If you're like me, you experienced a childhood trauma that left you with an unreasonable fear of dead animals. Then you wisely bought a hundred-year-old house, which sometimes is visited by mice. How will you get rid of the unwelcome guests without coming face-to-face with their disgusting little corpses (which give you the jibblies)? You'd build a no-see, no-touch rodent death chamber.
(You consider using poison, but you realize it would be a mistake. They usually crawl into the walls to die, but not always. Sometimes they die in shoes or coolers or under your sofa (see "childhood trauma" above). And the whole idea is to get rid of them without having to see them. Ever.)
Step 1: Gather Stuff
Paper grocery bag
Spring-loaded mousetrap (the killing kind)
Strip of paper (not pictured)
Step 2: Prep the Mousetrap
Glue a 1cm wide strip of paper to the top of the trap, right next to the locking arm. The paper should extend up the entire length of the trap.
Lift the kill bar and feed the strip of paper under it.
Step 3: Prep the Bag
Stand the paper bag on one of its narrow sides. You may need to reverse-fold the creases to make it stand open.
Cut a horizontal slit in the bottom of the bag, near the bottom edge where it is resting on the table. The slit should be slightly wider than the paper flag that is glued to the trap.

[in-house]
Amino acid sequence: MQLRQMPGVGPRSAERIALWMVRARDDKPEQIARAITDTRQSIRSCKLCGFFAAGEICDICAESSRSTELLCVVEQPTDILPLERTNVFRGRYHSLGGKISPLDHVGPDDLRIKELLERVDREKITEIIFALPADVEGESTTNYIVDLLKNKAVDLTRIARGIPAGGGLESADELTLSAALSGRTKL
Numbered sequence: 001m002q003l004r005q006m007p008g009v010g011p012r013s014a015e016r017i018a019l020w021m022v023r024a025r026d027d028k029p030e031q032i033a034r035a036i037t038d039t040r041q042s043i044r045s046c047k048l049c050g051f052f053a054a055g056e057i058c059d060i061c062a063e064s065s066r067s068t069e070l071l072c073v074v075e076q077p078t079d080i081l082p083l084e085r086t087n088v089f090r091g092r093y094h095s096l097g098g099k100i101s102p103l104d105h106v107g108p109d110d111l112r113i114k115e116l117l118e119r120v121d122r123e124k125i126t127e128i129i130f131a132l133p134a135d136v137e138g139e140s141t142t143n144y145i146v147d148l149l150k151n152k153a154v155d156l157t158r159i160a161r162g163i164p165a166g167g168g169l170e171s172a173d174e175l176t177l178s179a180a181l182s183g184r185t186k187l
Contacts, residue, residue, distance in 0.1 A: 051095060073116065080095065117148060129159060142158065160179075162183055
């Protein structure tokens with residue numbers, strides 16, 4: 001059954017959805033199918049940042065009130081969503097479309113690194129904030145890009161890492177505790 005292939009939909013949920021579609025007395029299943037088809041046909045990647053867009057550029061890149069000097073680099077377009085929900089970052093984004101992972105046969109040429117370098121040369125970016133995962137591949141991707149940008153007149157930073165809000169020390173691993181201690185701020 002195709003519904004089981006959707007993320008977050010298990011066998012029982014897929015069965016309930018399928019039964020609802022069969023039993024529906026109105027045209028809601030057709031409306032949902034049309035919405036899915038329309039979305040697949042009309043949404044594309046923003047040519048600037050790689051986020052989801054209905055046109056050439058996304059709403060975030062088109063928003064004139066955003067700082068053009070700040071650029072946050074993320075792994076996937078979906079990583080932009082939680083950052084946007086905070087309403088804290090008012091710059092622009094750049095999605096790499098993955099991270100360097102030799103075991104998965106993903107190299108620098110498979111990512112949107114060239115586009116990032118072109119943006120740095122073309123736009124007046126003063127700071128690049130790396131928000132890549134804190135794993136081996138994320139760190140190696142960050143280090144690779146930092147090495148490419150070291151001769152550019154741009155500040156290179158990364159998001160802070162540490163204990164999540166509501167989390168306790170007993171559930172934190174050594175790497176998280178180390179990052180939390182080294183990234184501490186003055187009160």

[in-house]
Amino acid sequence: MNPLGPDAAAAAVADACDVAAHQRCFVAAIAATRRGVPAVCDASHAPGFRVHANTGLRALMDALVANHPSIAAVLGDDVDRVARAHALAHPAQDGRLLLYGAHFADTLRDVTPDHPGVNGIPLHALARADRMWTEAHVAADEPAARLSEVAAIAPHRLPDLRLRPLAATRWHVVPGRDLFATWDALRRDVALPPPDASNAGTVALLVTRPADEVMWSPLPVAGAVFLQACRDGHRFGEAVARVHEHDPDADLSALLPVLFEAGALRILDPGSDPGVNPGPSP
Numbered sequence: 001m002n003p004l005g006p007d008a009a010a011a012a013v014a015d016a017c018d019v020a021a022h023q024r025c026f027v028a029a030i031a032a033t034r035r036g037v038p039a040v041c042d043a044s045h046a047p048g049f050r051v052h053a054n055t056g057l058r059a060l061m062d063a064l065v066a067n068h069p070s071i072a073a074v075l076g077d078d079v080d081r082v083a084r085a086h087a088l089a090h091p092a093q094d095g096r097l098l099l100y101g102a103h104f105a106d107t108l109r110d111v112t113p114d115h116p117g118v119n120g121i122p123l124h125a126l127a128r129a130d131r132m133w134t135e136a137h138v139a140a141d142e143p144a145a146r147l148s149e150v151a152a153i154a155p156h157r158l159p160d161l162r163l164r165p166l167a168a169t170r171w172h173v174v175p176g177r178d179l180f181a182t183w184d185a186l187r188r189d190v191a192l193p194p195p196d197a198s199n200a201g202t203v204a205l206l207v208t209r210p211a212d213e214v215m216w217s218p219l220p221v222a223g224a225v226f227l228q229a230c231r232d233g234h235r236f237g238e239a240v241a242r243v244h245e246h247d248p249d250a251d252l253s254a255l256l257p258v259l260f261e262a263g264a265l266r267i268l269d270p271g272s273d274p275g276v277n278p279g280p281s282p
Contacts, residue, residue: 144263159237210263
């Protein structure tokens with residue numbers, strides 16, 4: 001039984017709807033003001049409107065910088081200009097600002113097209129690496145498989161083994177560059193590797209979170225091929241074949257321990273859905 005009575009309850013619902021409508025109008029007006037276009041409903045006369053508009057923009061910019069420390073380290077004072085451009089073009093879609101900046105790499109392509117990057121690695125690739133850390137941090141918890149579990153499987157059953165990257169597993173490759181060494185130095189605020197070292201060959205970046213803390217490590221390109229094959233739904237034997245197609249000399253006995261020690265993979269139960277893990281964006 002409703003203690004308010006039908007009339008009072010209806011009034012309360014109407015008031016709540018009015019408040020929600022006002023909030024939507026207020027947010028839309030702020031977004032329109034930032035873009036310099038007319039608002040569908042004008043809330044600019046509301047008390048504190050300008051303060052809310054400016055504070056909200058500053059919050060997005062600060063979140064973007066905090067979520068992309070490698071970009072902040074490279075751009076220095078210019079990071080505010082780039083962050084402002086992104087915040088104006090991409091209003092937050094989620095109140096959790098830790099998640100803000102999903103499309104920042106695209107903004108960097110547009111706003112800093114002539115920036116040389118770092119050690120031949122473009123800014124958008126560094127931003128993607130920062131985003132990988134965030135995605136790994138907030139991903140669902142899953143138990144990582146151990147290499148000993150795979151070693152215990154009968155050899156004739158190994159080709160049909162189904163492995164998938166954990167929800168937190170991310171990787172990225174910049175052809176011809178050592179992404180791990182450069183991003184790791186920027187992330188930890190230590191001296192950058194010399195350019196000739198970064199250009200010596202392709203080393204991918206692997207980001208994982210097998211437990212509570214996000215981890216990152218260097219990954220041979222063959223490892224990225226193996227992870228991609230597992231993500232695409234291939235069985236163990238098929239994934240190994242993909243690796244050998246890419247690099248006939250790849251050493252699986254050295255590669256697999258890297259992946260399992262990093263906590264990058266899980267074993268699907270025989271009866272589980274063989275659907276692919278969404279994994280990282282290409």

Step 4: Mount the Trap in the Bag
Hot glue the trap inside of the bag on the narrow side which is now the floor of the death chamber. Position the trap so that the flag is directly under the slit. On the trap that is not set, the kill bar should point toward the opening in the bag.
(This and many subsequent photos were taken through a cut-away portion of the bag for demonstration purposes. You should leave your bag intact to protect your sensitive eyes from having to gaze upon dead rodents.)
Step 5: Set the Trap
Bait the trap with whatever you want. Peanut butter works well.
Set the trap in the normal manner, then feed the end of the flag through the slit so that it is looped over the kill bar.
Tear off the flag so that only a few centimeters extend out of the bag. This will ensure that the entire flag is pulled inside when the trap is sprung.
You might want to fold a handy entrance ramp at the opening for your mice guests. You want to make it as easy as possible for them, right?
Step 6: Wait for a Critter to Meet Its Doom!
Put the prepared death chamber against the wall in your basement, attic, or wherever you find signs of mousey activity. Check the death chamber daily, but to NOT look into it! Simply glance at the flag on the back. If the flag is still sticking out, leave it alone. If the flag is pulled in, the trap has been sprung.
Step 7: Dispose of the Whole Death Chamber
When the flag is no longer visible, carefully (so you don't accidentally see inside) pick up the bag and fold over the top a few times. Take the whole thing out to the trash.
Repeat as necessary.
Some people will complain that you are wasteful not to simply empty the trap and reuse it. Those people are insane. Traps are dirt cheap, and you can make a new death chamber in five minutes. That's a small price to pay to avoid the jibblies.